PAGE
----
Orwell Prize 2013 Longlists Announced

March 20, 2013

  • 14 journalists: take on Starbucks and the NHS, expose grooming in Rochdale, atrocities in Aleppo and the UKs complicity in torture
  • 12 books: journey from Mexico to Romania, examining the lives of the super rich and prisoners on death row, confessing doubt and covering conflict
  • The longlists for this year’s Orwell Prize, Britain’s most prestigious prize for political writing, have been announced today, Wednesday 20th March 2013. The Prize is supported by the Media Standards Trust, Political Quarterly, AM Heath and Richard Blair (Orwell’s son).

    Director of the Prize, Jean Seaton, said:
    “Anybody reading newspapers this last year would think that British journalism was in a parlous state, but the entries for the Orwell Prize tell a different story. The entries were a stunning display of professional investigative brilliance. All of the judges were inspired by just how much good journalism is going on in Britain. This year’s longlisted books show just how carefully they have to be crafted. The range of writing, the passion of the research and the variety of manners in this marvellous set of books show a confident important writing culture. Go out and read them.”

    Book Prize
    
12 books were chosen out of 210 by this year’s judges, Nikita Lalwani (Desmond Elliot award-winning author), Arifa Akbar (assistant books editor, The Independent) and Baroness Joan Bakewell (Labour Party life peer, broadcaster and writer).

    The longlisted books are:
    
Carmen Bugan Burying the Typewriter (Picador)
    Marie Colvin On the Front Line (HarperPress)
    
Chrystia Freeland Plutocrats (Penguin)
    
Ben Goldacre Bad Pharma (4th Estate)
    
Ioan Grillo El Narco (Bloomsbury)
    
Richard Holloway Leaving Alexandria (Canongate Books)
    
Pankaj Mishra From the Ruins of the Empire (Allen Lane)
    
Paul Preston The Spanish Holocaust (HarperPress)

    Raja Shehadeh Occupation Diaries (Profile Books)
    
Clive Stafford Smith Injustice (Harvill Secker)
    
Daniel Trilling Bloody Nasty People (Verso Books)

    A. T. Williams A Very British Killing (Jonathan Cape)

    Bloody Nasty People is Trilling’s debut book. 2010 winner Raja Shehadeh makes the longlist for a second time along with Clive Stafford Smith who was shortlisted in 2008.

    Journalism Prize
    
This year’s longlist of 14 has come from a record field of 155 journalists. This year’s judges are Jo Glanville (Director of English PEN), Nicholas Timmins (former Public Policy Editor of the Financial Times) and Chris Mullin (author, journalist and former MP).
    The longlisted journalists are:

    John Arlidge The Sunday Times
    Jamil Anderlini Financial Times
    
Tom Bergin Reuters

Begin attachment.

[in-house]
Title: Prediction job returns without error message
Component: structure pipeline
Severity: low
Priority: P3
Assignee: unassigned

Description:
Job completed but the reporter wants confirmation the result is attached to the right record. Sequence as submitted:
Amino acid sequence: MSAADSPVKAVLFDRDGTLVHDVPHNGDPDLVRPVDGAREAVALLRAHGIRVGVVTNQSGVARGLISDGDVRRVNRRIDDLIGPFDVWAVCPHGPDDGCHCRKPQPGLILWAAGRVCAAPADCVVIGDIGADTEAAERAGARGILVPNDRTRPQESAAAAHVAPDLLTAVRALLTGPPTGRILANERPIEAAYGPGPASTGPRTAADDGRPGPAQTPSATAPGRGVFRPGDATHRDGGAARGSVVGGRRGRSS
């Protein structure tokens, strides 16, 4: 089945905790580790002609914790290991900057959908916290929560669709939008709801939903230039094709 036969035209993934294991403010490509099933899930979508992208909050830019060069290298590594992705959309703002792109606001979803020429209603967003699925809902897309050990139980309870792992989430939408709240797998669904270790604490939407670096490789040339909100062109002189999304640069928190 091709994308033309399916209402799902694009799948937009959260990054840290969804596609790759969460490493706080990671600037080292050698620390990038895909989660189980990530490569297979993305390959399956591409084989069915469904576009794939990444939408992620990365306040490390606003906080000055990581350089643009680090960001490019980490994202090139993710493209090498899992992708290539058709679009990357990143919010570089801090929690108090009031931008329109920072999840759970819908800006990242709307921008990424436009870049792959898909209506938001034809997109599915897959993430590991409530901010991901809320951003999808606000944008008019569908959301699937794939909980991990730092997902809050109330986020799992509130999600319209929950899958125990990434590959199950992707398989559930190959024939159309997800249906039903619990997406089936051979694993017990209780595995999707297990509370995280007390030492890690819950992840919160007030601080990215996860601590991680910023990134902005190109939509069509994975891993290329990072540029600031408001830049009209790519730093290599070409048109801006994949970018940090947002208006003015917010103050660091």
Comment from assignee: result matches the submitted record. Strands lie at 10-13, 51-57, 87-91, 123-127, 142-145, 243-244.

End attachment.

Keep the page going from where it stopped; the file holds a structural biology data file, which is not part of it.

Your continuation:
Ian Cobain Guardian
    
David Cohen London Evening Standard
    
David Gardner Financial Times
    
Chris Giles Financial Times
    
Abigail Howarth Marie Claire; The Observer
    
Paul Mason BBC News; Guardian
    
James Meek London Review of Books
    
Andrew Norfolk The Times
    
Christina Patterson The Independent
    Clare Sambrook openDemocracy
    
Kim Sengupta The Independent

    David Cohen and David Gardner were longlisted in 2011, the same year that Paul Mason was shortlisted for the Blog Prize. Ian Cobain also made the 2010 longlist along with John Arlidge who went on to be shortlisted. 12 publications are represented.

    This year’s shortlists will be announced on the evening of 17th April at The Boardroom, University of Westminster. After the announcement the Orwell Prize is hosting a debate focused on Burma. Panelists will discuss; “When censorship declines does freedom emerge?” Book your free place here.

    The winners of the Orwell Prizes 2013 will be announced at an awards ceremony at Church House, London, on 15th May 2013.
    The Prizes are awarded to the work which comes closest to George Orwell’s ambition ‘to make political writing into an art’. Each winner receives £3000 and a plaque bearing Orwell’s quote.

    ENDS
    Notes to editors
    1. The Orwell Prize is Britain’s most prestigious prize for political writing. Every year, prizes are awarded to the work – for the book and for the journalism – which comes closest to George Orwell’s ambition ‘to make political writing into an art’.
2. The Prize was founded by the late Professor Sir Bernard Crick in its present form in 1993, awarding its first prizes in 1994. The Media Standards Trust, Political Quarterly and Orwell Trust are partners in running the Prize, through the Council of the Orwell Prize. Richard Blair (Orwell’s son) is a sponsor, with support from A. M. Heath.
    3. For further information please contact Katriona Lewis, at katriona.lewis@mediastandardstrust.org or 0207 229 5722.